BAFTAs 2013

The British Academy of Film and Television Arts awards were as eventful as ever when held at London’s Royal Opera House on Sunday the 10th of February. Surprisingly, the most memorable entertainment failed to come from the Hollywood stars, but rather from the quintessentially British, and all round loud mouth Stephen Fry, who definitely did not hold anything back.
It wasn’t that Stephen Fry’s jokes were consistently risqué, although his comment ‘I don’t know where I have had such fun, certainly not without the aid of a water-soluble lubricant’ really was an unforgettable ending to a generally smooth running night. The problem was that some of his jokes were just plain strange, for example, at one point Fry referred to ‘Life of Pee’ rather than ‘Life of Pi’, which isn’t even very funny? The director of ‘Life of Pi’ Ang Lee attempted to smile and laugh along but it appeared as though he didn’t quite understand the joke either.

There was some disappointed for Lincoln as it was nominated for ten awards, which was more than any other film, and yet only walked away with one. That one however, was Leading Actor and Daniel Day-Lewis seemed quite overwhelmed when he was announced as the winner. Thankfully, he didn’t let his emotions get the better of him and he successfully delivered an appropriate yet still amusing acceptance speech. Unfortunately, the same cannot be said for Anne Hathaway. Yes, she was understandably very excited at winning Best Supporting Actress, but all that emotion led her to praise the cast and crew of Les Misérables as the “goodest-hearted group of loves whose talent knocked me sideways”, and she then went on to refer to Victor Hugo as a “honey”, despite the fact that he died 128 years ago and probably does not care that she was Fantine. Overall, Les Misérables had a fairly successful night: it won four of the nine awards that it was nominated for, but missed out on the all-important Best Film to Argo, which despite Stephen Fry’s suspicions is not a film about Ryan Gosling. Argo was nominated for seven BAFTAs and was the winner of three, so it was generally a very successful night for them. The evening was especially successful for Argo’s Ben Affleck who picked up the award for Best Director. My bet, and probably the bet of most other viewers was on Quentin Tarantino for this award, and in fairness Affleck did look genuinely surprised when he was announced as the winner.

Surprisingly The Hobbit, which was nominated for three awards, went home empty handed. I was certainly relieved to see that Skyfall didn’t go the same way, instead it received two awards: Outstanding British Film and Original Soundtrack. Skyfall’s director Sam Mendes gave a fantastic speech in which he said: “I want to thank Ian Fleming for inventing this character. Here’s to the next fifty years.” Thankfully he restrained himself from branding Fleming a “honey” but instead insisted upon how brilliant Daniel Craig is, and no one can argue with that.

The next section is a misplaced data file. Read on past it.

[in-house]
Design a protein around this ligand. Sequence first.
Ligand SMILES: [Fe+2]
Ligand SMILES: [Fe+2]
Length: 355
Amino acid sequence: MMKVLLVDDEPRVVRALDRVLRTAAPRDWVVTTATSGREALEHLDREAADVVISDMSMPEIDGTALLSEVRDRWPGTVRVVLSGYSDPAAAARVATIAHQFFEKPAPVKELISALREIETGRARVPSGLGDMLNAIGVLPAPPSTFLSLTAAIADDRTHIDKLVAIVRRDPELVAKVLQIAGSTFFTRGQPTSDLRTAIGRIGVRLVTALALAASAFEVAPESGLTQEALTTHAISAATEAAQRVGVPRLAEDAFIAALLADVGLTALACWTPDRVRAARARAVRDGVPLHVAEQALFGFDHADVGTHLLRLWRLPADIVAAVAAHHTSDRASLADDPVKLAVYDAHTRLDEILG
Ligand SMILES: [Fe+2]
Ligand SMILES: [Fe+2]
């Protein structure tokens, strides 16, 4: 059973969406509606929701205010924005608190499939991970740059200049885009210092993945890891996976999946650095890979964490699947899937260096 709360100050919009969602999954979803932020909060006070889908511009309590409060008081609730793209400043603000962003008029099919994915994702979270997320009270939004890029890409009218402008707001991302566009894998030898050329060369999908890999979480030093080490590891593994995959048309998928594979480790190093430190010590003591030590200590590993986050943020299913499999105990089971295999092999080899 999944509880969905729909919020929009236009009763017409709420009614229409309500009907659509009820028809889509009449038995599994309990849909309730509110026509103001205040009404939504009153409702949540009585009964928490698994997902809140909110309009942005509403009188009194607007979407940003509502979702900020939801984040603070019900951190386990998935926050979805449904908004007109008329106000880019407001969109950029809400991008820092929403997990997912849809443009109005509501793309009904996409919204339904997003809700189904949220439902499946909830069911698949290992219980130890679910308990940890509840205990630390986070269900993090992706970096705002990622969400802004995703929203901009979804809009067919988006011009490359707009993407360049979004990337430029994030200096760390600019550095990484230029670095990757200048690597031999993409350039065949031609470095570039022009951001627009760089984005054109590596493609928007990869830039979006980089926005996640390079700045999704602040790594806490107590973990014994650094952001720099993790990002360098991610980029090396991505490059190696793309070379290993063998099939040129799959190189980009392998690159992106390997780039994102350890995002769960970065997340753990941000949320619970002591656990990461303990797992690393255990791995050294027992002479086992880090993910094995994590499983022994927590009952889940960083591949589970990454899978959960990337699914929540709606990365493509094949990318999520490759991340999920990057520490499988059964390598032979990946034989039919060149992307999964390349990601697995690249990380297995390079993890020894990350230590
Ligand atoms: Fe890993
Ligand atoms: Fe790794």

Like I said, the awards were certainly eventful, and although Stephen Fry’s humour may have angered a few people, it is safe to say that they would never have been as entertaining without him. Here’s to next year.


Here is a list of the winners for the film Baftas:

Best Film: Argo

Director: Ben Affleck (Argo)

Leading Actor: Daniel Day-Lewis (Lincoln)

Leading Actress: Emmanuelle Riva (Amour)

Supporting Actor: Christoph Waltz (Django Unchained)

Supporting Actress: Anne Hathaway (Les Miserables)

Original Screenplay: Quentin Tarantino(Django Unchained)

Adapted Screenplay: David O Russell (Silver Linings Playbook)

Film Not in the English Language: Amour

Original Music: Skyfall (Thomas Newman)

Cinematography: Life Of Pi (Claudio Miranda)

Outstanding British Film: Skyfall

Animated Film: Brave

Editing: Argo (William Goldenberg)

Costume Design: Anna Karenina (Jacqueline Durran)

Make-up and Hair: Les Miserables (Lisa Westcott)

Sound: Les Miserables

Short Animation: The Making Of Longbird

Short Film: Swimmer

Bafta Fellowship: Sir Alan Parker

Outstanding British Contribution to Cinema: Tessa Ross

Outstanding Debut by a British Writer, Director or Producer: Bart Layton, Dimitri Doganis (The Imposter)

Documentary: Searching For Sugar Man

Production Design: Les Miserables (Eve Stewart, Anna Lynch-Robinson)

Special Visual Effects: Life Of Pi

THE EE Rising Star Award (voted for by the public): Juno Temple


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